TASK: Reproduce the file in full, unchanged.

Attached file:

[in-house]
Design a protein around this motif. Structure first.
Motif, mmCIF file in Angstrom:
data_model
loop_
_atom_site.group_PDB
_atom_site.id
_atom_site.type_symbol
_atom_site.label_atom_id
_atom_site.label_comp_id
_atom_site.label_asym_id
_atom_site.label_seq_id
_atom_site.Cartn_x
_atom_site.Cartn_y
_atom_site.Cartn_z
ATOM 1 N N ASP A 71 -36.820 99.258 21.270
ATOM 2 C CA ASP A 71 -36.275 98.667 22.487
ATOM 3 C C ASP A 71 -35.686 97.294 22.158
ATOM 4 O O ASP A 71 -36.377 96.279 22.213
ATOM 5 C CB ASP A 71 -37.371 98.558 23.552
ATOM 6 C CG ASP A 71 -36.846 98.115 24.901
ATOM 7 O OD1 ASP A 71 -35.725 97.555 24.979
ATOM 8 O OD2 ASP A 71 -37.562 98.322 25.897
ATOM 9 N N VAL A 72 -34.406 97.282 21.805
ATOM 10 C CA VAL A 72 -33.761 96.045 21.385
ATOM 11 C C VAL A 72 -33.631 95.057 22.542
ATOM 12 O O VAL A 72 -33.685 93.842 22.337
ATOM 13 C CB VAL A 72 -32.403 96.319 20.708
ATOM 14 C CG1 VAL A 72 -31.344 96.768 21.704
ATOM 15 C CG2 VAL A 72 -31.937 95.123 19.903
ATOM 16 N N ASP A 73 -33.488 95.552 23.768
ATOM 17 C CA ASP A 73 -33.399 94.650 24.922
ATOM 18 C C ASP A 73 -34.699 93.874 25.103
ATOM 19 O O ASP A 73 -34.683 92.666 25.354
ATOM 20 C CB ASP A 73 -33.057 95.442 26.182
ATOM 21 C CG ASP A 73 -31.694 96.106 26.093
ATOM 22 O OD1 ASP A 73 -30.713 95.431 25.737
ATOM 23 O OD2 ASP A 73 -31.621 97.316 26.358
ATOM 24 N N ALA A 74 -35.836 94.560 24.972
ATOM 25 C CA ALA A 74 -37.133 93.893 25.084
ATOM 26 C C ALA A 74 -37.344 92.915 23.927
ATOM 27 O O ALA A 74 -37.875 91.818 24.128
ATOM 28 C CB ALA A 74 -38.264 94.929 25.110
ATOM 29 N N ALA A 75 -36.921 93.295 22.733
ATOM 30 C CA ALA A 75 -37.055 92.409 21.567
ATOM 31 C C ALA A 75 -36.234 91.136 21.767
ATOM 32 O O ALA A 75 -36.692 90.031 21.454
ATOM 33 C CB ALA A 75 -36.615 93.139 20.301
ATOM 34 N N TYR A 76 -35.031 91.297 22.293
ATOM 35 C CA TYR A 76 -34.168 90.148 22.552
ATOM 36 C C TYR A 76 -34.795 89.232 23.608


[in-house]
Design a protein around this motif. Structure first.
Motif, mmCIF file in Angstrom:
data_model
loop_
_atom_site.group_PDB
_atom_site.id
_atom_site.type_symbol
_atom_site.label_atom_id
_atom_site.label_comp_id
_atom_site.label_asym_id
_atom_site.label_seq_id
_atom_site.Cartn_x
_atom_site.Cartn_y
_atom_site.Cartn_z
ATOM 1 N N ASP A 71 -36.820 99.258 21.270
ATOM 2 C CA ASP A 71 -36.275 98.667 22.487
ATOM 3 C C ASP A 71 -35.686 97.294 22.158
ATOM 4 O O ASP A 71 -36.377 96.279 22.213
ATOM 5 C CB ASP A 71 -37.371 98.558 23.552
ATOM 6 C CG ASP A 71 -36.846 98.115 24.901
ATOM 7 O OD1 ASP A 71 -35.725 97.555 24.979
ATOM 8 O OD2 ASP A 71 -37.562 98.322 25.897
ATOM 9 N N VAL A 72 -34.406 97.282 21.805
ATOM 10 C CA VAL A 72 -33.761 96.045 21.385
ATOM 11 C C VAL A 72 -33.631 95.057 22.542
ATOM 12 O O VAL A 72 -33.685 93.842 22.337
ATOM 13 C CB VAL A 72 -32.403 96.319 20.708
ATOM 14 C CG1 VAL A 72 -31.344 96.768 21.704
ATOM 15 C CG2 VAL A 72 -31.937 95.123 19.903
ATOM 16 N N ASP A 73 -33.488 95.552 23.768
ATOM 17 C CA ASP A 73 -33.399 94.650 24.922
ATOM 18 C C ASP A 73 -34.699 93.874 25.103
ATOM 19 O O ASP A 73 -34.683 92.666 25.354
ATOM 20 C CB ASP A 73 -33.057 95.442 26.182
ATOM 21 C CG ASP A 73 -31.694 96.106 26.093
ATOM 22 O OD1 ASP A 73 -30.713 95.431 25.737
ATOM 23 O OD2 ASP A 73 -31.621 97.316 26.358
ATOM 24 N N ALA A 74 -35.836 94.560 24.972
ATOM 25 C CA ALA A 74 -37.133 93.893 25.084
ATOM 26 C C ALA A 74 -37.344 92.915 23.927
ATOM 27 O O ALA A 74 -37.875 91.818 24.128
ATOM 28 C CB ALA A 74 -38.264 94.929 25.110
ATOM 29 N N ALA A 75 -36.921 93.295 22.733
ATOM 30 C CA ALA A 75 -37.055 92.409 21.567
ATOM 31 C C ALA A 75 -36.234 91.136 21.767
ATOM 32 O O ALA A 75 -36.692 90.031 21.454
ATOM 33 C CB ALA A 75 -36.615 93.139 20.301
ATOM 34 N N TYR A 76 -35.031 91.297 22.293
ATOM 35 C CA TYR A 76 -34.168 90.148 22.552
ATOM 36 C C TYR A 76 -34.795 89.232 23.608